Tuesday, February 3, 2015

Strauss Kahn Procurement Trial Gets Underway


PARIS – The former director of the International Monetary Fund (IMF), Dominique Strauss-Kahn, returned to court on Monday where he is on trial along with 13 other individuals for aggravated procurement, a charge that could cost him 10 years in prison and a 1.5-million-euro fine.

Dressed in a dark suit and tie, the economist, accompanied by one of his three lawyers, Henri Leclerc, arrived at Lille’s Correctional Court, without making any statements.

The trial dates back to 2011, when anonymous accusations led Lille’s Judiciary Police to investigate alleged instances of prostitution in the northern French city’s Carlton and Des Tours hotels.

The case acquired a new dimension once Strauss-Kahn’s name started to appear in connection with it, just when he was immersed in a sexual abuse scandal involving a New York City hotel employee.

A police officer, a lawyer and multiple businessmen are also being charged in these proceedings.

They are accused of organizing at least 15 orgies with prostitutes in Belgium, Paris, Washington and New York, using the Carlton hotel as their base of operations between 2007 and 2011, while the former socialist minister, popularly known by his initials DSK, was still at the helm of the IMF.

The investigation singled out Strauss-Kahn as the prostitution ring’s pivotal member and principal beneficiary of these acts, often described by the women involved in them as “brutal.”

Four of the prostitutes have initiated a private prosecution, and their testimony during the hearings, according to media, could be more damaging to the politician’s reputation than any kind of judicial sentence that might eventually emerge.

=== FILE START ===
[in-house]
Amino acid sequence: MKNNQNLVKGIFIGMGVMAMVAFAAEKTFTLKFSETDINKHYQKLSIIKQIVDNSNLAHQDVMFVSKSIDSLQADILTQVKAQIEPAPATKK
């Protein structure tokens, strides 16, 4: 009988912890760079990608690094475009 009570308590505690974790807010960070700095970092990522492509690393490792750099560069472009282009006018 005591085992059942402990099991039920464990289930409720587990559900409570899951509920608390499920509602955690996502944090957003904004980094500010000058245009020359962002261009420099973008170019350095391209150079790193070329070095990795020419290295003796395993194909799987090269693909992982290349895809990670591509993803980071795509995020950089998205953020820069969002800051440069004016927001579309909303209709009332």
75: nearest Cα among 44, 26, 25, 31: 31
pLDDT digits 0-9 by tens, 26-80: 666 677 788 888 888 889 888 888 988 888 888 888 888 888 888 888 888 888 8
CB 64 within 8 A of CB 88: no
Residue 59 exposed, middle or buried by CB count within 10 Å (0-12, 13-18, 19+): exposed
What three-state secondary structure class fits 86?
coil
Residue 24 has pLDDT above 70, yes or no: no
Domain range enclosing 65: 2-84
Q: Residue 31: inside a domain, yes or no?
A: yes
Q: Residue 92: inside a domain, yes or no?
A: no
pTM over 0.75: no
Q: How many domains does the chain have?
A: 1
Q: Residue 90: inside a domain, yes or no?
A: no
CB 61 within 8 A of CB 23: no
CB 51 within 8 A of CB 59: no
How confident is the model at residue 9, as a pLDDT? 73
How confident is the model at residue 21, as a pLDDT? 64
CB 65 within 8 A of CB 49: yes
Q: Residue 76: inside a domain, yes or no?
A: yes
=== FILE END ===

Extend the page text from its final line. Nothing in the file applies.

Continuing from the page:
In their testimony before the court, the women described DSK as a sex-hungry man with a marked tendency towards activities involving domination and sodomy, who made it clear he enjoyed “power relations.”

The IMF’s former director, aged 65 and known for his reputation as a libertine (and even for sexual harassment), has always claimed he was not aware that the women his friends would bring to the orgies were actually prostitutes.

Strauss-Kahn isn’t being treated in this trial as a simple client of prostitutes, but rather a procurer, since the French penal code imposes this designation on anyone who promotes or abets another person’s prostitution or benefits from it.

The debauchery of the bacchanals described by the women shows, according to the judges, that they weren’t mere libertines and that the former finance minister couldn’t have possibly be unaware of their professional status.

Proving that he was unaware of their condition as prostitutes has become a priority for DSK’s defense in this trial, which is scheduled to last for three weeks.

Strauss-Kahn will testify in three different sessions, starting next Tuesday.

On Monday, the court dismissed the public prosecutor’s petition to testify in a closed hearing and examined the defense’s demand for an annulment based on the consideration that the process was marred by political maneuvers against DSK.

The defense lawyer filing the petition, Olivier Bluche, bases his argument on the revelations by former commissioner Joël Specque, according to whom Nicolas Sarkozy’s conservative government authorized administrative wiretapping against Strauss-Kahn before the case was officially opened on Feb. 2, 2011.

This theory would support the notion that a conspiracy took place with the aim of putting paid to DSK’s chances of acceding to the French presidency in the May 2012 elections.

Karl Vandamme, defense lawyer for another of the accused, declared that “procurement is a legal construction meant to trap him in their web.”


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